Given the theme on technology this year, also I found the presentation of C. Barr Taylor, MD, Stanford University School of Medicine, “Using Technology for Prevention in Defined Populations: Body Image, Obesity, and Eating Disorders” extremely innovative. His work provides a model for how technology can increase the reach of evidence-based interventions to provide combined universal, targeted/selected and indicated interventions to defined populations and increase relevance by tailoring programs to individual needs. He notes the need for behavioral science researchers to focus on outcomes in populations, to use new models for more rapid program development, revision and implementation and to use technology strategically, recognizing where links to “off-line” approaches are key.1, 2, 3 In particular, these population approaches that integrate technology into community-based contexts -such as his work in college students and school-based populations- have the potential to make national and international impact on improving health behaviors at a population level (see his full 2013 Annual Meeting presentation slides for specific examples of his work).
The research presentations that I have highlighted here are just a few examples of the high impact and reach related efforts that will continue to provide the scientific base for policy, public health and health care reform efforts in the coming year. As President it is my goal to not only broaden our visibility as a scientific community but to partner with leading organizations that are already at the forefront of influencing national policy. So stay tuned for more exciting updates as our policy leaders on the SBM board continue to build on SBM strengths in these areas over the coming months.
Look for monthly updates on exciting advances as I continue to add research contributions of SBM members each month and provide updates on expanding our strategic plans for partnering with like-minded organizations on health policy issues. Our Program Committee Chair Elliot J. Coups, PhD, is already working hard on planning for an outstanding 35th Anniversary Program for the Society of Behavioral Medicine to be held in Philadelphia, on April 23-26, 2014. Given our theme is “Behavior Matters: The Impact and Reach of Behavioral Medicine” we have already lined up fantastic speakers in such areas as health economics and translation of evidence-based interventions. Look for on-going updates each month here on the SBM website President’s Message.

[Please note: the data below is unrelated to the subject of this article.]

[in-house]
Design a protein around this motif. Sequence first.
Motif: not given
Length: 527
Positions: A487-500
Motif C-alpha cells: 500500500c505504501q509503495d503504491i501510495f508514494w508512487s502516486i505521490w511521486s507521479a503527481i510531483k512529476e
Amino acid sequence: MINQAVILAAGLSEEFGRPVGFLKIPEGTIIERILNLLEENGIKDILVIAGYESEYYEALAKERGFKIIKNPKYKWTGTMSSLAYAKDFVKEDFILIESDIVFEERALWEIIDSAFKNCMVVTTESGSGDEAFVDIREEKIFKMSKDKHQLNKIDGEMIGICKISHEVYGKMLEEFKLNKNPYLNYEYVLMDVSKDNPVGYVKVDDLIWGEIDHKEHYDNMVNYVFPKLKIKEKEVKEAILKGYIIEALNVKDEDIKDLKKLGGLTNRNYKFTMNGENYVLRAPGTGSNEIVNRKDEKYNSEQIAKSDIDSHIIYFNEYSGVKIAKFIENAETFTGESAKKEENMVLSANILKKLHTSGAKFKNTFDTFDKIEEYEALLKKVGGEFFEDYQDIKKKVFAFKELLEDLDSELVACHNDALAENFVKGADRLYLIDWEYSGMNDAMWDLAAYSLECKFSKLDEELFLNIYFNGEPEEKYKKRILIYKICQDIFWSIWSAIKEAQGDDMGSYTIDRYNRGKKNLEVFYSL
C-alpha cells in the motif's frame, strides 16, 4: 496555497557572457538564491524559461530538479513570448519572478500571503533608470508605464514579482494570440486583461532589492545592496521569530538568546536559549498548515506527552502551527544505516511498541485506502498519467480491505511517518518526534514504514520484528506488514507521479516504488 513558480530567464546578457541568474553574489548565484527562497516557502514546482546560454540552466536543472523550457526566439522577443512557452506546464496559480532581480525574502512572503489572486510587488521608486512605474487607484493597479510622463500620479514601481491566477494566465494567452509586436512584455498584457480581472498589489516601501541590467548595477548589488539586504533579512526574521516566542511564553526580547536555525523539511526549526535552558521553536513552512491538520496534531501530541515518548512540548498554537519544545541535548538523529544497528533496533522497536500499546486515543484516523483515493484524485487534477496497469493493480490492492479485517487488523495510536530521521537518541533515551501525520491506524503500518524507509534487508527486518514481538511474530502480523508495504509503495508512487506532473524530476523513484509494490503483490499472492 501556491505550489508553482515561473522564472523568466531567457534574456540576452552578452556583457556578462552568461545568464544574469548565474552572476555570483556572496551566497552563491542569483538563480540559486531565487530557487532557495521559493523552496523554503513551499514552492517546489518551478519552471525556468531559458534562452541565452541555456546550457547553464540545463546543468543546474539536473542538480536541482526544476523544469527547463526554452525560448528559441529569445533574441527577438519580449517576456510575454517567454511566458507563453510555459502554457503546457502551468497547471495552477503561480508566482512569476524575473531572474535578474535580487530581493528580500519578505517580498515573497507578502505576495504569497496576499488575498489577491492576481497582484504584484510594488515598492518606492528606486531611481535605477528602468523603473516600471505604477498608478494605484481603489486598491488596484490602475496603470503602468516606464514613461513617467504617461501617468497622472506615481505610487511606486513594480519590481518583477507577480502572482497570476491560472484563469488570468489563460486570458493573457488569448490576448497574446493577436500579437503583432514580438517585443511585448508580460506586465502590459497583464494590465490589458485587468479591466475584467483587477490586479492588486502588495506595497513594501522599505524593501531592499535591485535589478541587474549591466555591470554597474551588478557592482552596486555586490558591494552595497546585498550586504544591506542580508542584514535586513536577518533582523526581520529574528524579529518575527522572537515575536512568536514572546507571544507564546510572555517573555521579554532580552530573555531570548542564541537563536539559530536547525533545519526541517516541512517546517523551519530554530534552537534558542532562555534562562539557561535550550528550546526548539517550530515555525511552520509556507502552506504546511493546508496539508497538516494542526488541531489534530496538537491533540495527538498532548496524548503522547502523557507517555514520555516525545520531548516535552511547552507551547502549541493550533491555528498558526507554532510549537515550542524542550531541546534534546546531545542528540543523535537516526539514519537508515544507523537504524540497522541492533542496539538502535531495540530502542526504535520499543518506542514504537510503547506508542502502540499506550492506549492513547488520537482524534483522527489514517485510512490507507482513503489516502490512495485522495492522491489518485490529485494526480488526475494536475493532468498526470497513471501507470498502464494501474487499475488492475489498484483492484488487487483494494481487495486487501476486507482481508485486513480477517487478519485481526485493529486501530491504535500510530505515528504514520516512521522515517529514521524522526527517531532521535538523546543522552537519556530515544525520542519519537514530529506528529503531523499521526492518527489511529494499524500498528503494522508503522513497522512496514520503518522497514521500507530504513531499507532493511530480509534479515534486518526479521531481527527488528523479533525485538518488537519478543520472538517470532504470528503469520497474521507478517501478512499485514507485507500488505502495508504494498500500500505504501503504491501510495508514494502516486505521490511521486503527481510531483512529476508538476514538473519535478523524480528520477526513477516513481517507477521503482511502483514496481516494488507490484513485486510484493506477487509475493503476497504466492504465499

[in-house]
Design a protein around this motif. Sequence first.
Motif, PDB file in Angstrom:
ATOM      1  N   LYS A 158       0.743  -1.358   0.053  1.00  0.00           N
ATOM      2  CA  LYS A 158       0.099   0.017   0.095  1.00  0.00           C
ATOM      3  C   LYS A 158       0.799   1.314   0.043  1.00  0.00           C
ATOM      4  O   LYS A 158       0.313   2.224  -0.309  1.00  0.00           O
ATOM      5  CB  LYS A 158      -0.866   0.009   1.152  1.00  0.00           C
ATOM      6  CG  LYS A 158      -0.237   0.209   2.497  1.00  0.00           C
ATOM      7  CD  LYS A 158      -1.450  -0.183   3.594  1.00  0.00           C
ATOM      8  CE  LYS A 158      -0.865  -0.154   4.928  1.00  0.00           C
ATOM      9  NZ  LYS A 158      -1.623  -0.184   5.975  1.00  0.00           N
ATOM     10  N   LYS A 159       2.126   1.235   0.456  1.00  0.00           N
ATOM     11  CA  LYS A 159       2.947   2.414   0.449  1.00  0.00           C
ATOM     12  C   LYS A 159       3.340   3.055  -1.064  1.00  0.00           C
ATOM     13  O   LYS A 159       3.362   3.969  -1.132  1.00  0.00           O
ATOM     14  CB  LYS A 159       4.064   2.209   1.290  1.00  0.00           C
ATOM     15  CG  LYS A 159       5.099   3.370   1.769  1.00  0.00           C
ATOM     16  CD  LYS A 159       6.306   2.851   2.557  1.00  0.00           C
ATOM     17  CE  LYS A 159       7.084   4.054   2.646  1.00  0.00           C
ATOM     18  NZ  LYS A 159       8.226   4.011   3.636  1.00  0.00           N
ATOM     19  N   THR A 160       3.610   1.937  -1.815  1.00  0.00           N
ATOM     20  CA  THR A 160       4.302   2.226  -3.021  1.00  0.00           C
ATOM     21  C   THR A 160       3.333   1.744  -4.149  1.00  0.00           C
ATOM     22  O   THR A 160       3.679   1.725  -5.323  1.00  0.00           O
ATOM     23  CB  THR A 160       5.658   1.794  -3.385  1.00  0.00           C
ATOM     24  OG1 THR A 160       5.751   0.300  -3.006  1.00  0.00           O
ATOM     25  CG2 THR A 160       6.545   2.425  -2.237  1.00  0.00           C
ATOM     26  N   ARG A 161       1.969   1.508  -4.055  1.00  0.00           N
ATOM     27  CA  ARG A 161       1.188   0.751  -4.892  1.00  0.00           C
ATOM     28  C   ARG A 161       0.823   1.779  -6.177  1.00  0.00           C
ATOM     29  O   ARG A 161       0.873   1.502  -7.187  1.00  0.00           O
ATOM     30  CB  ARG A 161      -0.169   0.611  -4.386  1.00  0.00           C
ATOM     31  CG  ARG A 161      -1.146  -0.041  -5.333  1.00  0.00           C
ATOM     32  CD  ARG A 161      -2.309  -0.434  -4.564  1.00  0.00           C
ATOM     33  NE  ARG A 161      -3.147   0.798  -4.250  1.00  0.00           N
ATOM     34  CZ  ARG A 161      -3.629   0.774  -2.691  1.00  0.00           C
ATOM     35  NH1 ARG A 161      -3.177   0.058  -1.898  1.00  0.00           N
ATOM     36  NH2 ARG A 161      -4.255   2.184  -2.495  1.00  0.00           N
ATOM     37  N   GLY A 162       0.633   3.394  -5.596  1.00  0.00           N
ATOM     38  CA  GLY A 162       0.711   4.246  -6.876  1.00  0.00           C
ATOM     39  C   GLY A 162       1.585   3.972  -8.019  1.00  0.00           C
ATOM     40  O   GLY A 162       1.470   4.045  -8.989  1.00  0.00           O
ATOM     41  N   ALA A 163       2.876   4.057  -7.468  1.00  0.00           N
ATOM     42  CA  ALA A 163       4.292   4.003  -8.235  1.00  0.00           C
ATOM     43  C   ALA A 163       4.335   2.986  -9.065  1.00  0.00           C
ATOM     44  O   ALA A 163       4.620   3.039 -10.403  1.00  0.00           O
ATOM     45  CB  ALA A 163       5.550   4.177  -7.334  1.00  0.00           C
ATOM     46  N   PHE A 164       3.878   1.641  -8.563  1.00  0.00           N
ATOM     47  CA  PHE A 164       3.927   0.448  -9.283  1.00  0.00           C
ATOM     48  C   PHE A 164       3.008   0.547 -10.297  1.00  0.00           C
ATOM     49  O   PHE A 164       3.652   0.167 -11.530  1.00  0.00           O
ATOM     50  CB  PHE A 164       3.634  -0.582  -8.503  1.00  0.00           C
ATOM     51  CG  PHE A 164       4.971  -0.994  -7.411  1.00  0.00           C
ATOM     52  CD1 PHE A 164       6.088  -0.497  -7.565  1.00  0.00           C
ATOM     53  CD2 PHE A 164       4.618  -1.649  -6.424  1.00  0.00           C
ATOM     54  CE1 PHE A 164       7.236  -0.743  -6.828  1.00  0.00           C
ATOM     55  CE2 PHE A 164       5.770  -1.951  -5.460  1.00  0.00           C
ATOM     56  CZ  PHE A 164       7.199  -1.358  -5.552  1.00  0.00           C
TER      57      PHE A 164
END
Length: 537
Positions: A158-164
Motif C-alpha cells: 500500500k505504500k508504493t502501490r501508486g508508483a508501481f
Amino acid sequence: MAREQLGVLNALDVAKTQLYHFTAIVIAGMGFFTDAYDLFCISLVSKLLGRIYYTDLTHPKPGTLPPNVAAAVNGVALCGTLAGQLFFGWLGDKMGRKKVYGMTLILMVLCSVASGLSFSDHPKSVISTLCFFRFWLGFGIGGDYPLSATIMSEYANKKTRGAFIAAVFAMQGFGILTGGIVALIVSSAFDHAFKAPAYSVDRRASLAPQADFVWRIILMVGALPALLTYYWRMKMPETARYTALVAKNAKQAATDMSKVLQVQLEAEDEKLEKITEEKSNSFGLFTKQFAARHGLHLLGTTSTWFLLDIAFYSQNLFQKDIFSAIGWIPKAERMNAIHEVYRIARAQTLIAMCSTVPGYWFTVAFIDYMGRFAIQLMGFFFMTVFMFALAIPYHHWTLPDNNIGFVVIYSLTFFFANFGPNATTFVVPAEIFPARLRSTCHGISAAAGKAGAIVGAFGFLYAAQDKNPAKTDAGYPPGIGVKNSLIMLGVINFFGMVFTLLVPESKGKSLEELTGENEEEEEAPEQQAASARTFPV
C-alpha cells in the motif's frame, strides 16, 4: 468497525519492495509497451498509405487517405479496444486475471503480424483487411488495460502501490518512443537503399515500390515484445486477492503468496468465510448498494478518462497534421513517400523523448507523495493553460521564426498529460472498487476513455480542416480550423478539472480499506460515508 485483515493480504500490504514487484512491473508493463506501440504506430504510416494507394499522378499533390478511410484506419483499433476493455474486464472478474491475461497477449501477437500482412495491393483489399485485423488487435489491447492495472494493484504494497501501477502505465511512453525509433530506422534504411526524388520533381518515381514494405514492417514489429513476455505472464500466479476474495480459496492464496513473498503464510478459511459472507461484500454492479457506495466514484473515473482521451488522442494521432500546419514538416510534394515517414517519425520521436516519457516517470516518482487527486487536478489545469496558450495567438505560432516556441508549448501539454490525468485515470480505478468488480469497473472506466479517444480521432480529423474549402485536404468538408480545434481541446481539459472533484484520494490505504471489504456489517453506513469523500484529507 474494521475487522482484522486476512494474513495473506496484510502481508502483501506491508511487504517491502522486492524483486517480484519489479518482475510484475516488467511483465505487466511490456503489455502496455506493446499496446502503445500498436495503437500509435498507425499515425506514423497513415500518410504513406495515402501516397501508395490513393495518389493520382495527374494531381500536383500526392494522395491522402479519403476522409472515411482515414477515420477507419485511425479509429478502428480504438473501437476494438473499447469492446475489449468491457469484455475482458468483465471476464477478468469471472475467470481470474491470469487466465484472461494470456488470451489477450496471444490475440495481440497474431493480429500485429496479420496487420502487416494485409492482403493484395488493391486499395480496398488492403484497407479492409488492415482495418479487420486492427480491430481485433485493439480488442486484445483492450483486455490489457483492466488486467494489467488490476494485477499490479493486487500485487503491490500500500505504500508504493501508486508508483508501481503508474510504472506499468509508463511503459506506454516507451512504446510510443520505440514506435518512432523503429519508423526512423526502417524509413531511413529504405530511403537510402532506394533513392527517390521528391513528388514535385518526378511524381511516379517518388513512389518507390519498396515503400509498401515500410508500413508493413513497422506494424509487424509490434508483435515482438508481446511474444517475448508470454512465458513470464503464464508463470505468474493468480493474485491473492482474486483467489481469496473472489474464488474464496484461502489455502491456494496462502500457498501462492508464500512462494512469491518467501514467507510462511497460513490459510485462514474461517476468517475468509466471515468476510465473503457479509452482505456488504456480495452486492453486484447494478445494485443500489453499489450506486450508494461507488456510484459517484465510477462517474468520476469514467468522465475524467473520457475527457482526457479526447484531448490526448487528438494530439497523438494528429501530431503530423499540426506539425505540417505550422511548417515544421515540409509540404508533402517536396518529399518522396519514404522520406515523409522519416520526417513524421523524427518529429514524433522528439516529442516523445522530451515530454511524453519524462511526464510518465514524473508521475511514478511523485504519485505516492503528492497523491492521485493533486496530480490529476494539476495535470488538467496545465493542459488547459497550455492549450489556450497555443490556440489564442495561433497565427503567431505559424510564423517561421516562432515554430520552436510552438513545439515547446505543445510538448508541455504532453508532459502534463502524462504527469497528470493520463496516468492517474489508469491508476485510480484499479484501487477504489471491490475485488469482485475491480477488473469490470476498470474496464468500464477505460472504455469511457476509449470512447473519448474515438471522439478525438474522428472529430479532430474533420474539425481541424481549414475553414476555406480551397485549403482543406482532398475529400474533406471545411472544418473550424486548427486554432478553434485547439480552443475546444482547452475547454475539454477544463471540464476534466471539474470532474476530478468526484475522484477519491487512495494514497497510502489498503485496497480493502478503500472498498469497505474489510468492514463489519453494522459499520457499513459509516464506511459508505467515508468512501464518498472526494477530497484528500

I welcome your thoughts and input on the activities in the coming months and I highly recommend joining our society if you are not already a member. You will receive Annals of Behavioral Medicine and Translational Behavioral Medicine as part of your membership benefits, which are two very visible journals in the field. If you want to be more involved in our society please contact us and we will assure that opportunities are provided for you.
All the Best,
Dawn K. Wilson, PhD
- Taylor CB, Bryson S, Luce KH, Cunning D, Celio A, Abascal LB, Rockwell R, Dev P, Winzelberg AW, Wilfley DE. Prevention of eating disorders in at-risk college-age women. Archives of General Psychiatry, 2006, Aug, 63:831-8. PMID: 22137366
- Jones M, Luce K, Osborne MJ, Taylor K, Cunning D, Doyle AC, Wilfley DE, Taylor CB. A randomized controlled trial of an internet-facilitated intervention for reducing binge eating and overweight in adolescents. Pediatrics, 2008,Mar;121(3):453-62.
- Taylor CB, Taylor K, Jones M, Shorter A, Yee M, Genkin B, Burrows A, Kass AE. Rizk M, Redman M, Romer P, Williams J, Wilfley DE. Obesity prevention in defined (high school) populations, International Journal of Obesity Supplements, 2012, 2, S30–S32; doi:10.1038/ijosup.2012.8